“You look at the Reds, you look at the Cardinals, you look at [the Nationals] and we’re not there from a talent standpoint,” Hoyer said Saturday. “Some of these clubs offer a nice blueprint. You look at [the Nationals] as to where they were in ’08, ’09, ’10, and where they are now, and it shows you the value of young talent and they’ve done a nice job mixing veteran guys with that [young] talent. Right now, I want to see us compete with these guys on the field. You look at how they built their team but at some point, I want to beat them.”
The Cubs are in last place in the Central division, and appear headed for another overhaul at the Trade Deadline.
“The things we need to solve offensively are pretty clear,” Hoyer said. “Our starting pitching has been good enough to be a contender. The bullpen has not been, defense has not been … and the offense hasn’t been.”
So, what can the team do?
“We can play better and win a lot more games,” Hoyer said. “We need to win series. We need to win more games to not be in that position.”
The Cubs GM doesn’t want to overhaul the roster again. He’d rather they were in contention.
“We don’t want to be a seller, that’s not a position you want to be in,” Hoyer said. “But if you are in that position, you want to take advantage of it. You hope you’re looking to buy. It’s a lot more fun.”
— Carrie Muskat
Cubs GM Jed Hoyer said he and Theo Epstein share in the team’s poor start, and Hoyer made a trip to Cincinnati to give manager Dale Sveum a vote of confidence. Hoyer said Sveum, now in his second season at the helm, has their “full support” and the 5-13 start is not because of the Cubs manager.
“We’re all in this together,” Hoyer said Tuesday. “We’ve struggled, it’s been painful to watch because we keep on squandering leads. That’s on Theo and that’s on me. We have to figure out ways to get better. We’re not the most talented team in the league right now. We’re trying to build to get there but as we get there, we can’t continue to make the kind of mistakes we’ve been making. We have to clean it up and get better. Dale has our complete support. That’s not what he should be thinking about in the least.”
The Cubs rank among the NL leaders in errors and have the worst batting average with runners in scoring position. The miscues were evident during the Brewers’ weekend three-game sweep when the Cubs out-hit them, 22-16. Sveum said they would find other options if players didn’t perform.
“The point Dale is trying to make, and I support him 100 percent, is that at some point there has to be accountability,” Hoyer said. “If that means benching a guy or reducing his playing time, disciplining him in some ways, at some point, [Sveum] has to be able to pull the strings he has to pull to manage the team successfully and obviously, he has our total support to do that. He’s got a great feel for the clubhouse, players respect him, and if he needs to do something to emphasize his point, then he has to do that.”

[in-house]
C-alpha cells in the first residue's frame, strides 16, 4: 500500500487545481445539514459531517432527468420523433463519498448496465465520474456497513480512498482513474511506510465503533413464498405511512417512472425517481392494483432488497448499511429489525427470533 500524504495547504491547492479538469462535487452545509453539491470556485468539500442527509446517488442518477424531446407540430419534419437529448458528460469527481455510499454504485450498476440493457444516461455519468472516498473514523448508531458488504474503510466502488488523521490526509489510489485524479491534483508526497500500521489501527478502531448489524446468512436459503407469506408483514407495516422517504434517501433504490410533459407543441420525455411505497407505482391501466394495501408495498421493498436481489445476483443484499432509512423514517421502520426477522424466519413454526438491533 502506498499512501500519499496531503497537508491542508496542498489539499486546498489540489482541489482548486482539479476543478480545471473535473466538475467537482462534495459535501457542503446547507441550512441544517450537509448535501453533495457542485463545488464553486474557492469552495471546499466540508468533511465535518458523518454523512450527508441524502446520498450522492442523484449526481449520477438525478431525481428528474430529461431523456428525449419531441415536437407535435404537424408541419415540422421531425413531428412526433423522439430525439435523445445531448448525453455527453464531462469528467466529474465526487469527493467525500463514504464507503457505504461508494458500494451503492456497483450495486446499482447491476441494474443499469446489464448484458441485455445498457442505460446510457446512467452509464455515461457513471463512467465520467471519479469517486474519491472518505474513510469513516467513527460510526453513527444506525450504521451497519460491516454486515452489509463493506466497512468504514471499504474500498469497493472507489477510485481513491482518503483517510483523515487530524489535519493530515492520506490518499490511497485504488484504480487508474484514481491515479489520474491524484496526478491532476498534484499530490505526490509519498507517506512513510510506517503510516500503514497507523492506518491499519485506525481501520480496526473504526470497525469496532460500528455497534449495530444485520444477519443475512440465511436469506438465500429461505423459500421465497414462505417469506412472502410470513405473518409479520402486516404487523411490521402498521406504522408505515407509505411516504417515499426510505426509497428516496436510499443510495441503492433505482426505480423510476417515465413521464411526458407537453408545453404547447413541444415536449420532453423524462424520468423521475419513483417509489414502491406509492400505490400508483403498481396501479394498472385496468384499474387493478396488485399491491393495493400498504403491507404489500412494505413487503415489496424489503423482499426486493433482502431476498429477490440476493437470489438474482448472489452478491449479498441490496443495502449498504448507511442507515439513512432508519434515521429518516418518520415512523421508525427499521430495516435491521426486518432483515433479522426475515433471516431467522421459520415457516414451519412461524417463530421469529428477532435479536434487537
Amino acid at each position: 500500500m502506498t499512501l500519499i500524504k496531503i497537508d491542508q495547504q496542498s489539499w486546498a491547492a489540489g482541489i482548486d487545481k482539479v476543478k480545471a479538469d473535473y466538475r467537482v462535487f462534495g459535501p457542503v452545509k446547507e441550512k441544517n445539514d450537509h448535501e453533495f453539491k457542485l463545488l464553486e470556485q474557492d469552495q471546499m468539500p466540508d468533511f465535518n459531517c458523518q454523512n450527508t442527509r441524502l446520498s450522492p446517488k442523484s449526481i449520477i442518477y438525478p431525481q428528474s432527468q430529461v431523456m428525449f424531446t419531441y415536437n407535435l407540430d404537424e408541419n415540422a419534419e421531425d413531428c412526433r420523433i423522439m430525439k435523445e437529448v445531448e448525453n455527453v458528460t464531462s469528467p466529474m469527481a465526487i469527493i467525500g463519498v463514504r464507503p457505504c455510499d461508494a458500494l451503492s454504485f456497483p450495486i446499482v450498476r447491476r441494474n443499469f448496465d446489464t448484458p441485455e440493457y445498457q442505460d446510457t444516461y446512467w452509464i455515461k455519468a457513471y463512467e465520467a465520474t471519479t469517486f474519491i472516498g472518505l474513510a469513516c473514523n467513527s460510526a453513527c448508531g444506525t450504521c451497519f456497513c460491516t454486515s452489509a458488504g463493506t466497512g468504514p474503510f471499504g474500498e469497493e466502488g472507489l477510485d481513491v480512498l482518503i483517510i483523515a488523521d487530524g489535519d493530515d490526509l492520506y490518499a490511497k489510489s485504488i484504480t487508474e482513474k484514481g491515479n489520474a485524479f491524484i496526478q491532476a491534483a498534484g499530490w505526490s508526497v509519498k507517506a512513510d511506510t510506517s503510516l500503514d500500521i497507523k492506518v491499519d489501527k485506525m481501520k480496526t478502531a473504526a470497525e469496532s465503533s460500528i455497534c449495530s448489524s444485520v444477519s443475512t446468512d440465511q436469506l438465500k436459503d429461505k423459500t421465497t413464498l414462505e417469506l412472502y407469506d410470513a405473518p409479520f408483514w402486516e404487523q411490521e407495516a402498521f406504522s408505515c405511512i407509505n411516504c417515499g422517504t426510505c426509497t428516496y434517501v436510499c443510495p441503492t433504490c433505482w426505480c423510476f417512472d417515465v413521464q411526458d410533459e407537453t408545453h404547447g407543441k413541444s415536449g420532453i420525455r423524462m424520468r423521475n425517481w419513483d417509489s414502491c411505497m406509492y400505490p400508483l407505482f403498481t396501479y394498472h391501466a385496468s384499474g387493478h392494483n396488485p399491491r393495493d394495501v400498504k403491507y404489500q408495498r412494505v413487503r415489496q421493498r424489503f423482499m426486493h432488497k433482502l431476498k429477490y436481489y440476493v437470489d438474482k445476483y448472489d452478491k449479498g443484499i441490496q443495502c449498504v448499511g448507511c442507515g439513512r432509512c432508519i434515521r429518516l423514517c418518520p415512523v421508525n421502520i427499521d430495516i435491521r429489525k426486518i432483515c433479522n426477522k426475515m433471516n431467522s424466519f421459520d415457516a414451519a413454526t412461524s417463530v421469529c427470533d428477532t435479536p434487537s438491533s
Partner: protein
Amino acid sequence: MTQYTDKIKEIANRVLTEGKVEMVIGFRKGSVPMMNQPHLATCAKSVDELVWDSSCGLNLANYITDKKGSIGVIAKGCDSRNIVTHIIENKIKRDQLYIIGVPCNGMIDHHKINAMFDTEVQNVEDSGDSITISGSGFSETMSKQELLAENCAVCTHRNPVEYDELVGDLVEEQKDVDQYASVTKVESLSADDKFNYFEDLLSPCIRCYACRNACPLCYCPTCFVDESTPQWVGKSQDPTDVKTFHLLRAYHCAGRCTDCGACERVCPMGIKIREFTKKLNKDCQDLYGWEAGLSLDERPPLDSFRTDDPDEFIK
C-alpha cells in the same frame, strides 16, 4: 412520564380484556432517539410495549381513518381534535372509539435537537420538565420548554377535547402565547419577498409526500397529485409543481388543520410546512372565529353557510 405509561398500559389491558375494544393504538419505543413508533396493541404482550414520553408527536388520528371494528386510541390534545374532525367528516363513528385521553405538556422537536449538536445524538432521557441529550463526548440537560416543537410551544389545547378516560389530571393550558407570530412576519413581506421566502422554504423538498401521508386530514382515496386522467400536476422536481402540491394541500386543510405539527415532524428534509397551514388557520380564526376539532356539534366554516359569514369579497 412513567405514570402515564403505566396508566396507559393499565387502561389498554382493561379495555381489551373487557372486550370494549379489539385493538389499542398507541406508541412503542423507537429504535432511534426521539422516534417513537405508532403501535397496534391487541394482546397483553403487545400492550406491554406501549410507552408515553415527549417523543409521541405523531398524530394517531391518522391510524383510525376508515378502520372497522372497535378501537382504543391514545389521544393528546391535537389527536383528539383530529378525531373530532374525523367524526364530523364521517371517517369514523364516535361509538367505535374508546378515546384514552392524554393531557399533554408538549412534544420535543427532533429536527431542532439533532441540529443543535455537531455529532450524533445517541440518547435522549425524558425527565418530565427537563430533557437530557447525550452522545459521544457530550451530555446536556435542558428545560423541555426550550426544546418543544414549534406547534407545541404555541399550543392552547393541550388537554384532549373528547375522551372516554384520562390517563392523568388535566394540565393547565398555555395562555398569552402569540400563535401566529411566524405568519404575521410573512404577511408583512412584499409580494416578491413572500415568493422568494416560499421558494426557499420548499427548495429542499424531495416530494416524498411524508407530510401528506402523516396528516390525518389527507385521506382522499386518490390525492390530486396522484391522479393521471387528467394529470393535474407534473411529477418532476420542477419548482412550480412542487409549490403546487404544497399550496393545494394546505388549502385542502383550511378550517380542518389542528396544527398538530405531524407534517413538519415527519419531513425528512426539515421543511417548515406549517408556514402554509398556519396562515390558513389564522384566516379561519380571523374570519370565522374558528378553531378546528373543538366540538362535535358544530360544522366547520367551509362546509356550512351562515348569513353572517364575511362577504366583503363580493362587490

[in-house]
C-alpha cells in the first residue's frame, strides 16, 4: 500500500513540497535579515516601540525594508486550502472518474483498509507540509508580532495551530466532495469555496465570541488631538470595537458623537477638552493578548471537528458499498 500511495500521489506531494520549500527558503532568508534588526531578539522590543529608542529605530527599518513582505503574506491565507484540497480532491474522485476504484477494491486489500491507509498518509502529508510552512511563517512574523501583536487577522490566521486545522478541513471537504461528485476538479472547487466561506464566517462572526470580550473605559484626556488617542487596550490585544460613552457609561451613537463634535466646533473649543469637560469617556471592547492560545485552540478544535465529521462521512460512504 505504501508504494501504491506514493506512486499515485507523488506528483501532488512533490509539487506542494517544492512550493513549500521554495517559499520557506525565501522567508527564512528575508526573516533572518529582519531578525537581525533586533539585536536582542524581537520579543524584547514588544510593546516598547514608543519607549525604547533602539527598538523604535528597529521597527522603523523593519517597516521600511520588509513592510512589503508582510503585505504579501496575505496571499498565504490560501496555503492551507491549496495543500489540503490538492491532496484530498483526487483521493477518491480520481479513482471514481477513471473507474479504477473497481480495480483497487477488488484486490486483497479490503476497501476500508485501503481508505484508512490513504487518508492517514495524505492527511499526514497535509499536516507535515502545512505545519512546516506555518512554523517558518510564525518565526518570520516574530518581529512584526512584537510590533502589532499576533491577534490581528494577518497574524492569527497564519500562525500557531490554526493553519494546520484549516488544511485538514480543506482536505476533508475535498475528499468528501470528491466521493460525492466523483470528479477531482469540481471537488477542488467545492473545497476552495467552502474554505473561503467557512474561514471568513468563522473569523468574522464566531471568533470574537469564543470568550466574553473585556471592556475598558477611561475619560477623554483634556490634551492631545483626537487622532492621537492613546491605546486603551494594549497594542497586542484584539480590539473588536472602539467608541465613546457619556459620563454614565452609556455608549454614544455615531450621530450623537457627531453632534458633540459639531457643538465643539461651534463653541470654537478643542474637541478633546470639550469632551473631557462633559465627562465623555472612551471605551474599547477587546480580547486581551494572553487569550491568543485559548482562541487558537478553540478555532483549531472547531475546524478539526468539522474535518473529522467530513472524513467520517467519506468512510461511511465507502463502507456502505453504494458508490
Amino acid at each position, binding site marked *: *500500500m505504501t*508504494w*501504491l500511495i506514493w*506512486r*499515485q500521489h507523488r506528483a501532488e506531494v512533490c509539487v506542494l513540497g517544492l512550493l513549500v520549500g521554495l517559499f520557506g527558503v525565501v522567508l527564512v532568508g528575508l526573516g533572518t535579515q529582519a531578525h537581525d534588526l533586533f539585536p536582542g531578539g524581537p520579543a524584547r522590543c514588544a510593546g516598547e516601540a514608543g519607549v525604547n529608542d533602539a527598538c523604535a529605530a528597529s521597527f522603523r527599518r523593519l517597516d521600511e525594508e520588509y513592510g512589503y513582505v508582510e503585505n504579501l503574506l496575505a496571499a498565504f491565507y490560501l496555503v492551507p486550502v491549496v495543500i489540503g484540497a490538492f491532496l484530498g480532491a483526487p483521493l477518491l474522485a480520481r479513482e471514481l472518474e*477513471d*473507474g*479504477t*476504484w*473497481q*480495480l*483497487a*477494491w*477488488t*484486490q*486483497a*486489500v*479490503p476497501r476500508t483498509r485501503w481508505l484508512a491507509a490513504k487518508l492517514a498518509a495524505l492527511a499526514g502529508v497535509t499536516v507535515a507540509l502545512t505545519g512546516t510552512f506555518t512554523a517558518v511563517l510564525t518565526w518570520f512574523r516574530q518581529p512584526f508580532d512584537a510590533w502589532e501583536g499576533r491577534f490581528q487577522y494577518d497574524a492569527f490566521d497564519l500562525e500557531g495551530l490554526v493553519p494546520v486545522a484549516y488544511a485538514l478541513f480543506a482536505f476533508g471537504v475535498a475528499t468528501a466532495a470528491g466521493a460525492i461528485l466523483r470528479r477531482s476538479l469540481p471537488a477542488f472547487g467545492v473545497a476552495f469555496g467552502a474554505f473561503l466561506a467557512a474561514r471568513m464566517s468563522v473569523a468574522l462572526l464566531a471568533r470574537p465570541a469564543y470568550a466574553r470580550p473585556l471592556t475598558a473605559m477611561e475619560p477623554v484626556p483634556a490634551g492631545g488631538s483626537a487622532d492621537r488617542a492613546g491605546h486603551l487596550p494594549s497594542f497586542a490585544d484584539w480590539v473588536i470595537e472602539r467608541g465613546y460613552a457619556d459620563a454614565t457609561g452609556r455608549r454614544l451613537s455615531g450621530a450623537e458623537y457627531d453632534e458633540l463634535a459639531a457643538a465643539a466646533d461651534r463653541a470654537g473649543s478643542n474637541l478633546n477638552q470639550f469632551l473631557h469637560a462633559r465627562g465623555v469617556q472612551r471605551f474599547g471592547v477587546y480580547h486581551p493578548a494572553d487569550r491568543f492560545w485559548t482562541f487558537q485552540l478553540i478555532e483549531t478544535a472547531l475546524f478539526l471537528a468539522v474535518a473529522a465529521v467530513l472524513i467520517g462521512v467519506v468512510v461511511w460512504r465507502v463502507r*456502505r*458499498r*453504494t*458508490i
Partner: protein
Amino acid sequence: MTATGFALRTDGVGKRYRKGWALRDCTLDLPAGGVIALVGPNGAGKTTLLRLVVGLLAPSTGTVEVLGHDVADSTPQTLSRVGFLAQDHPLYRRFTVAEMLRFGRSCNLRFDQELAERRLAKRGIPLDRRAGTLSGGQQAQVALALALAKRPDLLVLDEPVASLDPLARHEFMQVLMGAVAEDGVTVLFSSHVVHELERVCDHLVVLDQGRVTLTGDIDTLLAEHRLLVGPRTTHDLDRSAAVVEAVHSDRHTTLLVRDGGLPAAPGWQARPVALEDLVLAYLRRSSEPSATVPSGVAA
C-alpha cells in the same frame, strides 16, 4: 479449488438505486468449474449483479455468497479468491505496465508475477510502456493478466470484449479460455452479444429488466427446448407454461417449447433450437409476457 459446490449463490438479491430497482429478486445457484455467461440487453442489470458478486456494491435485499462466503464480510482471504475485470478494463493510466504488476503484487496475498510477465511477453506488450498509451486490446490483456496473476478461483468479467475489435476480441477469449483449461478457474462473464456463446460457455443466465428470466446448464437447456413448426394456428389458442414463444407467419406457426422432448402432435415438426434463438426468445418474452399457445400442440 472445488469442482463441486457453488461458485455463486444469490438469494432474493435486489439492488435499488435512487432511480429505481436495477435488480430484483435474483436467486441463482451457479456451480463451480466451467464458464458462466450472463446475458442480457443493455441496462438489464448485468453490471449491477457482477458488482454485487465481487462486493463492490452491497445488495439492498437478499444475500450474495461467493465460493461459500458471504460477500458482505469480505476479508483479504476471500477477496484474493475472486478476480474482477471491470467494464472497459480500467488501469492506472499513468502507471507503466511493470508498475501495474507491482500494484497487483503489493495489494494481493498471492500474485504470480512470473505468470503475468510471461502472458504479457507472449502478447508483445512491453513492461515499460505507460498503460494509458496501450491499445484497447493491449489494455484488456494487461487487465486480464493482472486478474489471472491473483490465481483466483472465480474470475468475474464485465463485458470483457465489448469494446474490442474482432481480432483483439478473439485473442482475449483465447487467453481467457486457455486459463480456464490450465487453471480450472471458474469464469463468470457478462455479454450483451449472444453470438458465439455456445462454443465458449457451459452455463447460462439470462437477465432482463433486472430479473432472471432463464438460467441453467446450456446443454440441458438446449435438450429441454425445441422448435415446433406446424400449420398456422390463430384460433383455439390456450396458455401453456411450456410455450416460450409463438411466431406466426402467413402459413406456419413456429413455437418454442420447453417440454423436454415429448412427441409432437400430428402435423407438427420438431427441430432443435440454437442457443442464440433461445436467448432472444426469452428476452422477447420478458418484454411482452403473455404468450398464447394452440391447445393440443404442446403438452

The Cubs have wasted solid pitching. The starters have a 3.11 ERA combined, third best in the National League. But the Cubs have been able to drive in just eight of the 28 players on third with less than two outs. The Major League average is 52 percent. The team isn’t doing the little things, such as advancing runners.
“Our starting pitching has been real good and if you had told me we were going to hit the number of home runs we have and have the kind of starting pitching we have, we should have a much better record,” Hoyer said. “We should have a much better record regardless.”
Hoyer and Epstein have communicated with Sveum a lot over the last few days, but the general manager felt he needed to meet with the manager and the team face to face.
“We know how hard he’s working and we’re having a lot of sleepless nights as we go through it, and we know he is as well,” Hoyer said. “We’re in this together. The front office doesn’t watch the games and think things are happening on the field that shouldn’t be. We’re in this together. We have to figure out how to play smarter baseball, whether that means making personnel changes, whether that means tightening up the players we have here, it goes without saying that we have to do better.”
What the Cubs front office is looking for is progress.
“The biggest thing for us, and this is Theo, me and everyone, we have to keep getting better,” Hoyer said. “I think we have a better team this year than last year. We haven’t played that way yet. We’re building toward something.”
He said the Reds are a good example of a team that is relying primarily on homegrown talent. That’s what the Cubs want to do.
“You want to see progress,” Hoyer said. “It’s a black and white business — our report card is in the paper every day, and you have to look at it that way. Wins and losses, that’s how we’re measured. … I think that’s part of why all of us are frustrated. We have played better than our record so far. As Bill Parcells said, ‘You are what you are,’ and we are 5-13, you can’t deny that. Feeling we played better doesn’t mean anything. We have to be better at converting these games to wins.”
— Carrie Muskat